Febiuar\ 17. 211)7 at 3 10 p.m.
at Rosedale Fiit, Boin CIhLirch.
The weddingng ceiemoni\ \\a-
peito aimed b1 Pa;toii Josephl
Thonmpson. The hiide i. a.
ecoited b\ A.iltul .1Akln her
dad. The bet mini \\as
Fiederick Allen. Giooiman-n
\..ias Quantailouu Ho".aid and
JunioI GiloormslMan v.a-, T\iee
Monioe. Llihers \.ere An\\on


Frostr Tell\ Frost. DeKendiick
and Jetrod. The inaid of honoi
%\as Klistlin Howaid,. daughiler
of the groom. Junior bridesmaid
V. s Thenmih Kendiick.
Foi eiglls .aele A .la 1
La\M rence and Jahnasia
Thomina. Rinrbe.aiei \%j
De'Aundre Akin.. Mother of the
bride is Mlable Peni and par-
ent. of the Lioom is Simon
Ho\ ard and the late Emma
Ho. Jid.


..-, '


kl '"


7.4-

.. ,-


N oIUu still look .piltl-.
. Even it v-oui aire tittv.

SHappy Birthday Stiles
- -


On Friday, February 9,
2007 a retirement ceremony
was held honoring Chief
Boatswain Mate Cleveland
Eugene Kelly Jr. of the United
States Navy.


I donate blood because it
helps those that need it.
When I was in Vietnam, we
never had enough blood, so I
give and have for the past 50
years.
-Joe from Marianna


S Ta'Niyah JaNae Goodson will
B celebrate her 3rd birthday on
March 25. Ta'Niyah is the
daughter of Dwayne & Tekela Q
SGoodson. She is the sister of
H Ari'Aunna Goodson. Ta'Niyah is
_^' the granddaughter of Charlie
6g ,,ilB~l & Cynthia Brown of Quincy
and Andra & Kimberly Kelly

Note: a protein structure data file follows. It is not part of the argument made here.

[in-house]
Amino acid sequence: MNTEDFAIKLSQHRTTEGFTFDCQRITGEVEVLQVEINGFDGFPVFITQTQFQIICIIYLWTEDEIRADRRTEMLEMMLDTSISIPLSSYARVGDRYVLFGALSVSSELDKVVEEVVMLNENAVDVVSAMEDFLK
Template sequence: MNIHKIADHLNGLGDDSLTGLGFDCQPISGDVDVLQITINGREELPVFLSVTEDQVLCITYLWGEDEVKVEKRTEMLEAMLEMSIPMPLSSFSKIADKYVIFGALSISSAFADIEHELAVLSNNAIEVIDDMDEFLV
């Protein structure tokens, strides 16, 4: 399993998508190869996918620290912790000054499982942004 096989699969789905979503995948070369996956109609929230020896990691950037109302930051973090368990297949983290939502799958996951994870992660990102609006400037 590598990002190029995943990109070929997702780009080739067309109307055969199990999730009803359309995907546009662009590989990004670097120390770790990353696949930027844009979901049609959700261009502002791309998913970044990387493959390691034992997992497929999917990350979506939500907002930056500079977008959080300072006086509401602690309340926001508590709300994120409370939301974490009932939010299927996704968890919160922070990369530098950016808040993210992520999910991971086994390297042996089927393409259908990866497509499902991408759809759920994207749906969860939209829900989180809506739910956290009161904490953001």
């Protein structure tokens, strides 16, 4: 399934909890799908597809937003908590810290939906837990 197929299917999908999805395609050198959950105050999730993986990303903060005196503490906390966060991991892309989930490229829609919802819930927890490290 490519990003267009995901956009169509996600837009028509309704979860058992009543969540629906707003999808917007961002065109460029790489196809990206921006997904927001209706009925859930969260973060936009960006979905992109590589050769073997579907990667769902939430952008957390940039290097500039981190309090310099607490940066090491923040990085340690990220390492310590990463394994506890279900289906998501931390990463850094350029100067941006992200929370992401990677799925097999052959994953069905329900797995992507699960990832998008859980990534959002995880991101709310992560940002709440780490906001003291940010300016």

of Cairo, GA. She is the god- r
daughter of Melissa Jordan, Joanna Price & --:
Andrea Frost Johnson.

TTa'Niyah will celebrate her 3rd Birthday on March
".. 24th @ 2:00 p.m. with a Backyardigans theme
at Chuck E. Cheese.
"- ... f ^,^ p d .... ":_'t-. -' "


IlA NH D'FN1 6 I'-PAND0IURAJI.T-LRY.COM.
SL(\P'UD~(Kn4C i l't ;.b~i'~t'k 1~lMl 1.;* P Tno r L-1IImH I


I 'I I ''lr


AMIMP M Lr-


R
JW 141W 1-71 Exit


,- ~~r~ ~rr~i~.~i9:~


* r


1F w

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a Y 'a.










B 6 The Gadsden County Times March 22, 2007


Gadsden


County



Times


Classifies


Wanted: School Bus Driver

Must have current commercial drivers
license with a good driving record.
Must have or be willing to
obtain "P" and "S" endorsements.

Contact: Michael S..Knight
or Woodrow Hinson
Robert E Munroe Day School
856-5500 (phone) 856-5856 (fax)



Sales Representative Wanted

Award winning twice-weekly community
newspaper is seeking imaginative, effective
and energetic sales person for retail adver-
tising sales in a 20,000-plus household
market area. Generous salary and commis-
sion package, good benefits. Effective out-
side sales experience a plus, closing skills a
must. Must be well-organized, methodical
arid thorough. Product training, start-up
period provided. Mileage paid, but must
have car. No overnight travel required.

Address resume, inquiries to:


SSammy Griffin,
Advertising Systems Manager
TQh 3o t eartrligbtt
P.O. Box 277, Bainbridge, GA
39818


advertising@e-postprint.com
Tel. 800-521-5232 Ext. 104
or Fax 229-246-7665






r e] IrJ


Queen Pillow-Top
Mattress Set. Brand new
in plastic with warranty.
$150.222-9879
3/22c

SOLID WOOD Cherry
sleigh bed BRAND
NEW in box, $275: 545-
7112
2/22c

SOFA & LOVESEAT.
Brand NEW LEATHER,
still wrapped, lifetime
warranty, sacrifice $795.
(delivery available). 425-
8374


Sofa/loveseat. New
micro fiber set, $475,
must move, delivery
available. 222-7783
3/22c

BEDROOM:. New 6
piece set still boxed,
$599, can deliver 425-
8374.
3/22c

Mushroom compost for
spring gardening for
sale. Call Robert, 850-


528-0343.